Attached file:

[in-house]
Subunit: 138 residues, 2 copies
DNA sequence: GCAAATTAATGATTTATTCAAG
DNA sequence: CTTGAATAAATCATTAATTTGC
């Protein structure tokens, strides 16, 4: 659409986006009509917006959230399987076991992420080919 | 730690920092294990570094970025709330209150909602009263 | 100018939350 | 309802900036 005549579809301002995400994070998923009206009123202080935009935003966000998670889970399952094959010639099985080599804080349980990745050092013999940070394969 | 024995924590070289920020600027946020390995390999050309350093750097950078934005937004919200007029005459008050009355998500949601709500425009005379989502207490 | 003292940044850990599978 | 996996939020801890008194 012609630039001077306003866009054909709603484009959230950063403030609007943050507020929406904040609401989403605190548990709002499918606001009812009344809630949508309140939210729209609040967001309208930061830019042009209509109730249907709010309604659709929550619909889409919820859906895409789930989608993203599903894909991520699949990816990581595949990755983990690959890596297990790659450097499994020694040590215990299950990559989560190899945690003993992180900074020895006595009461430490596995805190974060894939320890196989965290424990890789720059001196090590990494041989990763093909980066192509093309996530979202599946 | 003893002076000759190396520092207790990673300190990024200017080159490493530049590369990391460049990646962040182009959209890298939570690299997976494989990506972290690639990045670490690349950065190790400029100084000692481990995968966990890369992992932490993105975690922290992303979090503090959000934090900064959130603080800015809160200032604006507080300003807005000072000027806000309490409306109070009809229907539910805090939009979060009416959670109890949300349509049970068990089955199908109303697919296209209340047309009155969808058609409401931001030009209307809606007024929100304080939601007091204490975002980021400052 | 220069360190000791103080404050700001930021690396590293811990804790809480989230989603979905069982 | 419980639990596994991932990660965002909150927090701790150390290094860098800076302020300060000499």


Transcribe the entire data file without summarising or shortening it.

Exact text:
[in-house]
Subunit: 138 residues, 2 copies
DNA sequence: GCAAATTAATGATTTATTCAAG
DNA sequence: CTTGAATAAATCATTAATTTGC
């Protein structure tokens, strides 16, 4: 659409986006009509917006959230399987076991992420080919 | 730690920092294990570094970025709330209150909602009263 | 100018939350 | 309802900036 005549579809301002995400994070998923009206009123202080935009935003966000998670889970399952094959010639099985080599804080349980990745050092013999940070394969 | 024995924590070289920020600027946020390995390999050309350093750097950078934005937004919200007029005459008050009355998500949601709500425009005379989502207490 | 003292940044850990599978 | 996996939020801890008194 012609630039001077306003866009054909709603484009959230950063403030609007943050507020929406904040609401989403605190548990709002499918606001009812009344809630949508309140939210729209609040967001309208930061830019042009209509109730249907709010309604659709929550619909889409919820859906895409789930989608993203599903894909991520699949990816990581595949990755983990690959890596297990790659450097499994020694040590215990299950990559989560190899945690003993992180900074020895006595009461430490596995805190974060894939320890196989965290424990890789720059001196090590990494041989990763093909980066192509093309996530979202599946 | 003893002076000759190396520092207790990673300190990024200017080159490493530049590369990391460049990646962040182009959209890298939570690299997976494989990506972290690639990045670490690349950065190790400029100084000692481990995968966990890369992992932490993105975690922290992303979090503090959000934090900064959130603080800015809160200032604006507080300003807005000072000027806000309490409306109070009809229907539910805090939009979060009416959670109890949300349509049970068990089955199908109303697919296209209340047309009155969808058609409401931001030009209307809606007024929100304080939601007091204490975002980021400052 | 220069360190000791103080404050700001930021690396590293811990804790809480989230989603979905069982 | 419980639990596994991932990660965002909150927090701790150390290094860098800076302020300060000499």